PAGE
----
At 57, Franz Strassmann is the second-oldest active player in the Boston Park League in addition to playing for two teams in the Men’s Senior Baseball League and Boston Amateur Baseball League.
Franz Strassmann stepped into the batter’s box at Fallon Field in Roslindale. The bases were loaded in the third inning of a recent Boston Park League matchup.
A player/manager for Grossman Marketing, the right-handed Strassmann drove an outside pitch to right-center between two Towne Club outfielders, clearing the bases with a double in a game that ended in a 7-7 tie.
“Should have had a triple, but I wimped out,” lamented the 57-year-old Strassmann, who did not play high school or college baseball.
Strassmann didn’t have to make excuses for his base running.
The second-oldest active player in a baseball league composed mainly of players in their 20s, Strassmann is hitting .300 with a team-leading 11 RBIs. A Belmont police officer, he works the midnight shift to accommodate suiting up for six teams — sometimes with two or three on a weekend day.
Harvey Soolman was Strassmann’s teammate on the Triple D’s club in the Park League more than 30 years ago. At 65, he takes an occasional at-bat while managing the Towne Club.
“Franz made himself into a player and a manager,’’ said Soolman, who played at Brookline High and whose Park League days date to 1970. Recalling last month’s game, Soolman noted that Strassmann “also got a hit his first time up, and when he ran by our bench after the double to coach third base, we cussed each other out — but in a good-natured way.’’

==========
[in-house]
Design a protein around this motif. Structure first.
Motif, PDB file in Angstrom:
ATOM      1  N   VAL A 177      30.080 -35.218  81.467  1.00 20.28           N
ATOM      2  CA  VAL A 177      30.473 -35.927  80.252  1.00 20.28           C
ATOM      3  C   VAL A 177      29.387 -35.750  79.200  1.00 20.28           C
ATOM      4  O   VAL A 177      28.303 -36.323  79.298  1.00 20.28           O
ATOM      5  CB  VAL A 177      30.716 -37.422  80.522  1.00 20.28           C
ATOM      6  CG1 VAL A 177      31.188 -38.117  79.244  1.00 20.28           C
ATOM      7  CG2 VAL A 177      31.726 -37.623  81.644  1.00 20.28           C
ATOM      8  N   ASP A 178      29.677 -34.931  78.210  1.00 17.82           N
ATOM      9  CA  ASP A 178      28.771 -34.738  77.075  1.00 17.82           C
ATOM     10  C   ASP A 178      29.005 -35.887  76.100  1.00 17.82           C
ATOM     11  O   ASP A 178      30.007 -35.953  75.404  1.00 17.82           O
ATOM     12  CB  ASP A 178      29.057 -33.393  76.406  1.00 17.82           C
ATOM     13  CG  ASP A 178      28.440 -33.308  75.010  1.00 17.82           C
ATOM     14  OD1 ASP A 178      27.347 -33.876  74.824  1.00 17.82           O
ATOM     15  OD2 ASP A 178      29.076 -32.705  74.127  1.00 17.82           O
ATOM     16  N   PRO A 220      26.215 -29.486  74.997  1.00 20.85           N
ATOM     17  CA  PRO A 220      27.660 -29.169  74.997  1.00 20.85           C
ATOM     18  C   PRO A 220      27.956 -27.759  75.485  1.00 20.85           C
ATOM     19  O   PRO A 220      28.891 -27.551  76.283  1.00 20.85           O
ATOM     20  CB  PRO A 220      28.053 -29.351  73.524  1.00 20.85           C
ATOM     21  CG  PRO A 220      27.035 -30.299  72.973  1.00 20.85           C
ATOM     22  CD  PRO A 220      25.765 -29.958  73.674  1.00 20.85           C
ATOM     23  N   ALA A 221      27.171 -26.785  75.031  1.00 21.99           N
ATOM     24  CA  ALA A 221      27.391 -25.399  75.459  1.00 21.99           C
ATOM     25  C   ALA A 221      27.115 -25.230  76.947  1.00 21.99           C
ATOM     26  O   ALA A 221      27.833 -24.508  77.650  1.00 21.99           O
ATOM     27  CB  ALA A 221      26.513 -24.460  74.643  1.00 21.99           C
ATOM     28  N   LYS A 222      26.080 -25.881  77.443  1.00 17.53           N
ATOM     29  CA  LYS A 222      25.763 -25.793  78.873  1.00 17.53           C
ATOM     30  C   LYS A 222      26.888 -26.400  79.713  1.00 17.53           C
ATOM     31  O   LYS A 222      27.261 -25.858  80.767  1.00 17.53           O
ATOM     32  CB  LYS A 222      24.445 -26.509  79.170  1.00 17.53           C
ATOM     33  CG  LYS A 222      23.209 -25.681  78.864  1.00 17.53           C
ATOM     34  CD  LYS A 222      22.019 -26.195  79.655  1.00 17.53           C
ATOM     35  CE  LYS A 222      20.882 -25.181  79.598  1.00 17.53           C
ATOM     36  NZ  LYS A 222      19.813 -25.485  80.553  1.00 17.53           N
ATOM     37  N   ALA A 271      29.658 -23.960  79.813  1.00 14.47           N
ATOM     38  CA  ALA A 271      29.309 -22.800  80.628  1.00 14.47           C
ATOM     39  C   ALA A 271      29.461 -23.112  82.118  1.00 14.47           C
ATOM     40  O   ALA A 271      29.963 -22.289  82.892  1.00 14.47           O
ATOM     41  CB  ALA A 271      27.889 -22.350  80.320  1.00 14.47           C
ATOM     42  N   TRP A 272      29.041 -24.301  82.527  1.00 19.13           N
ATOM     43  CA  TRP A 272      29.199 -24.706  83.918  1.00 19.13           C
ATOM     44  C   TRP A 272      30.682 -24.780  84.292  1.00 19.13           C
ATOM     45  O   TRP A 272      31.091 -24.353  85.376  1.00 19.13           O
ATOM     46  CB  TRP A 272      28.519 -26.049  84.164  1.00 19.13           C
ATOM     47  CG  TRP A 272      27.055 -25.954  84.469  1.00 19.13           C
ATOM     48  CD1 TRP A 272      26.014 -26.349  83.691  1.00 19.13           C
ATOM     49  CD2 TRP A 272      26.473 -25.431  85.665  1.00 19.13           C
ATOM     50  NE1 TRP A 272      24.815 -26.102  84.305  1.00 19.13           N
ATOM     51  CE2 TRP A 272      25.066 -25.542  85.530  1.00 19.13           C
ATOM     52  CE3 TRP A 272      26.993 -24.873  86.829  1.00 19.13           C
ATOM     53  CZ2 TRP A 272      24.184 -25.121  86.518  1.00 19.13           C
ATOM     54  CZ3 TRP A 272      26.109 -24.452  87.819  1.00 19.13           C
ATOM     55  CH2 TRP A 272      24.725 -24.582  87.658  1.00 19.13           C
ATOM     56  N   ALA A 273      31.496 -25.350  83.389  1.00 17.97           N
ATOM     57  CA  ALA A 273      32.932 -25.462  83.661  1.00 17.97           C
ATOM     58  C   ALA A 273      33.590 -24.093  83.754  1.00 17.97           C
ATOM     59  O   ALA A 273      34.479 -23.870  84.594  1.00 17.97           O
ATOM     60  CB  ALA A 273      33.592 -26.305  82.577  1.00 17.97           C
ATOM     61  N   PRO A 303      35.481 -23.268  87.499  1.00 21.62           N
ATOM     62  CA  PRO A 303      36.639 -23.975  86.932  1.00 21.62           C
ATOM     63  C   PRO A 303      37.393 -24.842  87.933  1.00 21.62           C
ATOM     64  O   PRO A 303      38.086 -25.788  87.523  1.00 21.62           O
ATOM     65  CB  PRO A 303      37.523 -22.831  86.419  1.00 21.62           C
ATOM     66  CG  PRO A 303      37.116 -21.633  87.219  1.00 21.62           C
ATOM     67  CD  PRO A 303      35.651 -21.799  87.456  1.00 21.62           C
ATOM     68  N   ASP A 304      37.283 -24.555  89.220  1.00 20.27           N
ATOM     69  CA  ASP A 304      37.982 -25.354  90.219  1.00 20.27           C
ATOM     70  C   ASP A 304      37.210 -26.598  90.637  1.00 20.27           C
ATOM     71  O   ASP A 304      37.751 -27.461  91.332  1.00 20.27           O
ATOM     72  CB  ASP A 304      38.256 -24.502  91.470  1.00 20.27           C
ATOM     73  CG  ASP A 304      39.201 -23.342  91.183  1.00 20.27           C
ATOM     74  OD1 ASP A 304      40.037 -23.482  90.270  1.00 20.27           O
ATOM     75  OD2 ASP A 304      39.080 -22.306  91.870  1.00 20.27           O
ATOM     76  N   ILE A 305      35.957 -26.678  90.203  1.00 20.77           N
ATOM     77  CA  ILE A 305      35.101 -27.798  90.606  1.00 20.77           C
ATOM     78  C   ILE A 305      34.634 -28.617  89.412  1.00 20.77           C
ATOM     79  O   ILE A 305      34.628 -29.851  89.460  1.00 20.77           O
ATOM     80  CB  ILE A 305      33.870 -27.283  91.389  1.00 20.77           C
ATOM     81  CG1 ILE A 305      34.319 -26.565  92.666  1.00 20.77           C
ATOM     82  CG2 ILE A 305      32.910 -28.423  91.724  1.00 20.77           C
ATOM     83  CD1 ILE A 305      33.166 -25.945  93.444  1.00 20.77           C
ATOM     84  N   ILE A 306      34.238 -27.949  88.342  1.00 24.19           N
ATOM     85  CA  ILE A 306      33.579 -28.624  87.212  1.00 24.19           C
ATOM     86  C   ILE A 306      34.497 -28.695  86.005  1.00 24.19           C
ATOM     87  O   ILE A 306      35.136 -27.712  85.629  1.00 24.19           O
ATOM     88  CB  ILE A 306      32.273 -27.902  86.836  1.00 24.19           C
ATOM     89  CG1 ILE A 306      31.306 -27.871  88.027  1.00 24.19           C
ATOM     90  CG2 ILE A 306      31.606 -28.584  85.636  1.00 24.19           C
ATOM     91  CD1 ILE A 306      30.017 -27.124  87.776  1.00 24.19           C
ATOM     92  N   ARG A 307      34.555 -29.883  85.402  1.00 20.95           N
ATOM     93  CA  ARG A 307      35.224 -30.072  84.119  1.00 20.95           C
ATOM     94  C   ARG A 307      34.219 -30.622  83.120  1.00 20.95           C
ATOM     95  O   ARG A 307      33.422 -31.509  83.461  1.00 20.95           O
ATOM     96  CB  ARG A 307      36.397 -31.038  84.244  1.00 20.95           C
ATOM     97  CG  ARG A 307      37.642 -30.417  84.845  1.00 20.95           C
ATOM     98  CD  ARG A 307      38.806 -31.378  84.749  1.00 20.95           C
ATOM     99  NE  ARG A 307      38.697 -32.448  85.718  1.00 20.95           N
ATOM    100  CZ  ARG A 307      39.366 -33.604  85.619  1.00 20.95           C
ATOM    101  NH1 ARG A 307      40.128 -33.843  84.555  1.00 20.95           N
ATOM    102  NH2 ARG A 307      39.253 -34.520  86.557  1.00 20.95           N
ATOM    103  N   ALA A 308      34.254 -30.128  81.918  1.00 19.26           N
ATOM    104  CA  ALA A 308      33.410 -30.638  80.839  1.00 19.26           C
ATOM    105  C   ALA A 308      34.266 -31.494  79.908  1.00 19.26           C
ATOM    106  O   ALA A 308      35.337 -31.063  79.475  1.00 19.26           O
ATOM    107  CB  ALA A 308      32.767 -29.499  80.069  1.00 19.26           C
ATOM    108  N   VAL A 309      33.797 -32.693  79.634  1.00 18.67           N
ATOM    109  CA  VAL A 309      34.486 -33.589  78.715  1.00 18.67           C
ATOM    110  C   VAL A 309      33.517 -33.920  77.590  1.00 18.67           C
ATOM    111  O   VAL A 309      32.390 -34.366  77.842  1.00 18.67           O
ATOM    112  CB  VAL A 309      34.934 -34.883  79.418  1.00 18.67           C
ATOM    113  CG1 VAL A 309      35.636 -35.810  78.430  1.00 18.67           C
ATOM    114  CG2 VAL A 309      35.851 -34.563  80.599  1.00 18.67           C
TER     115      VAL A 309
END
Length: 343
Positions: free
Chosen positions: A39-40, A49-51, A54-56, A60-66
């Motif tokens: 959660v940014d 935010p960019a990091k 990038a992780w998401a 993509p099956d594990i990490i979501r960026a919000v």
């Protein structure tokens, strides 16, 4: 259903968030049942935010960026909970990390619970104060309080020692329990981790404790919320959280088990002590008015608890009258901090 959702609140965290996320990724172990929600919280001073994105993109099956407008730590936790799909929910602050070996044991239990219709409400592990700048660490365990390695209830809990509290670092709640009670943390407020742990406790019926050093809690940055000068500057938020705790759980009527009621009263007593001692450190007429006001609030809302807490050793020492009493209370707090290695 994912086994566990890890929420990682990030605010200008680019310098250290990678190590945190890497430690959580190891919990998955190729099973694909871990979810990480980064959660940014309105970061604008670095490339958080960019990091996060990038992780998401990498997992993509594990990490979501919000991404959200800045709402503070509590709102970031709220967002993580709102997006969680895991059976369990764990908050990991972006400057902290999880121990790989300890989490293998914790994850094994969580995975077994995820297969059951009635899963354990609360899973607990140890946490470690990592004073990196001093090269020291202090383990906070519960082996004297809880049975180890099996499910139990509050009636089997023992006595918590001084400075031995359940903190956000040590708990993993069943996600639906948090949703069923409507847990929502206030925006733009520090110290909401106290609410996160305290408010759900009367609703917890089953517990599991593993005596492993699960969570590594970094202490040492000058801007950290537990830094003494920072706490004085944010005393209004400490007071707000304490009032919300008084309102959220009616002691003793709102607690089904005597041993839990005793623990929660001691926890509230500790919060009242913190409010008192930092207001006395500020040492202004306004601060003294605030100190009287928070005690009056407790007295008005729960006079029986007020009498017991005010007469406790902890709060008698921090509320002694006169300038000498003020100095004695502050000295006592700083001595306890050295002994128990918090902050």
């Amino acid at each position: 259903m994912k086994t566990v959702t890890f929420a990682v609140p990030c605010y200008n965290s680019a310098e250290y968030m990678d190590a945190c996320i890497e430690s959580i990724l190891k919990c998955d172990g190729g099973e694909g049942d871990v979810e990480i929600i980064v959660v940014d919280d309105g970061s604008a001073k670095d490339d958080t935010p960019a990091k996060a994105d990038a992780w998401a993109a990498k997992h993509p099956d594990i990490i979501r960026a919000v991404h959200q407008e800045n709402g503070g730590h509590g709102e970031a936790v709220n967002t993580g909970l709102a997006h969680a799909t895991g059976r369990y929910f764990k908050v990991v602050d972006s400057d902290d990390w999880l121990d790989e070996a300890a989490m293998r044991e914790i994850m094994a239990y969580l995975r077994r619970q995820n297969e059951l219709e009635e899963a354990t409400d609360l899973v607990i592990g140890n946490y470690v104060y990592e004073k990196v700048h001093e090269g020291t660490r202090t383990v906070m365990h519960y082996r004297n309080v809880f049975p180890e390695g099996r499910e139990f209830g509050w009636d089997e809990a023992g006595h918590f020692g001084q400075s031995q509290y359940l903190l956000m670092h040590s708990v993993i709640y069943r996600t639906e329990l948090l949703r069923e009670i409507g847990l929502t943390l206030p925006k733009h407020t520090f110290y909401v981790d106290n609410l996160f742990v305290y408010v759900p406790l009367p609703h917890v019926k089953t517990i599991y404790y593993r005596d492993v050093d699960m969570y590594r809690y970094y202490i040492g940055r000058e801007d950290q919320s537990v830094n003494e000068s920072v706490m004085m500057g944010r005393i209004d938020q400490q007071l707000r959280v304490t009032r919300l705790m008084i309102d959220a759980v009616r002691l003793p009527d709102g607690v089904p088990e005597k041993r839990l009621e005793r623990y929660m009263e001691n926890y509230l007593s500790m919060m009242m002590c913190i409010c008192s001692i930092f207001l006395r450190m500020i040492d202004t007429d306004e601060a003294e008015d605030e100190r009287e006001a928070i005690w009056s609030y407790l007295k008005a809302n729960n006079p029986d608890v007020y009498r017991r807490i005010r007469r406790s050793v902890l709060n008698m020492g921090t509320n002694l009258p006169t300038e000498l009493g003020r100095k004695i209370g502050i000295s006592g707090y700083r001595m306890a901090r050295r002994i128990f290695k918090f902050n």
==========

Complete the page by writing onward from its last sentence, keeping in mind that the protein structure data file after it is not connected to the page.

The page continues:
In addition to his police work, Strassmann is an attorney and part-time actor. He also has a musical background, and has worked in the hotel industry.
“I play as much as I do because I enjoy it and I am physically able to compete,’’ said Strassmann, who played junior-varsity soccer at Belmont High (class of 1976).
“I look forward to going to work every day just as I look forward to playing ball. The moment either one becomes less enjoyable or more like a chore is the day I find another job or another hobby.’’
He also suits up for the Brockton Athletics and Braintree Braves in the Men’s Senior Baseball League, and three Waltham Braves teams: in the MSBL’s Masters Division for ages 38-plus, and 38-plus and 48-plus squads in the Boston Amateur Baseball League.
That adds up to an estimated 100-plus games a year — including 25 in June (there were a few rainouts) — as an infielder, outfielder, pitcher, and designated hitter. He estimates that this month he will play in 30 of his 46 scheduled games.
He also competes in MSBL-sponsored regional and national tournaments.
“No question, I’m still a kid at heart,’’ said Strassmann, who is single and has three siblings.
“I have had the opportunity to play in Fort Myers with former Red Sox players Bill Lee, Bill Campbell, Gary Allenson, “Oil Can” Boyd, and Rick Miller, and I have worn No. 16 since Miller wore it with the Red Sox, so sharing that story with him was pretty cool.’’
A teammate on the Brockton and Grossman Marketing squads, Johnny Hayes, said Strassmann has been a mentor.
“Franz has had a lot of life experiences and he keeps the atmosphere light with his teammates, ‘’ said Hayes, a former catcher at Somerville High and Suffolk University. “He’s held in high regard for his passion for the game, lifts religiously, set a great example, and still keeps his edge as a player.’’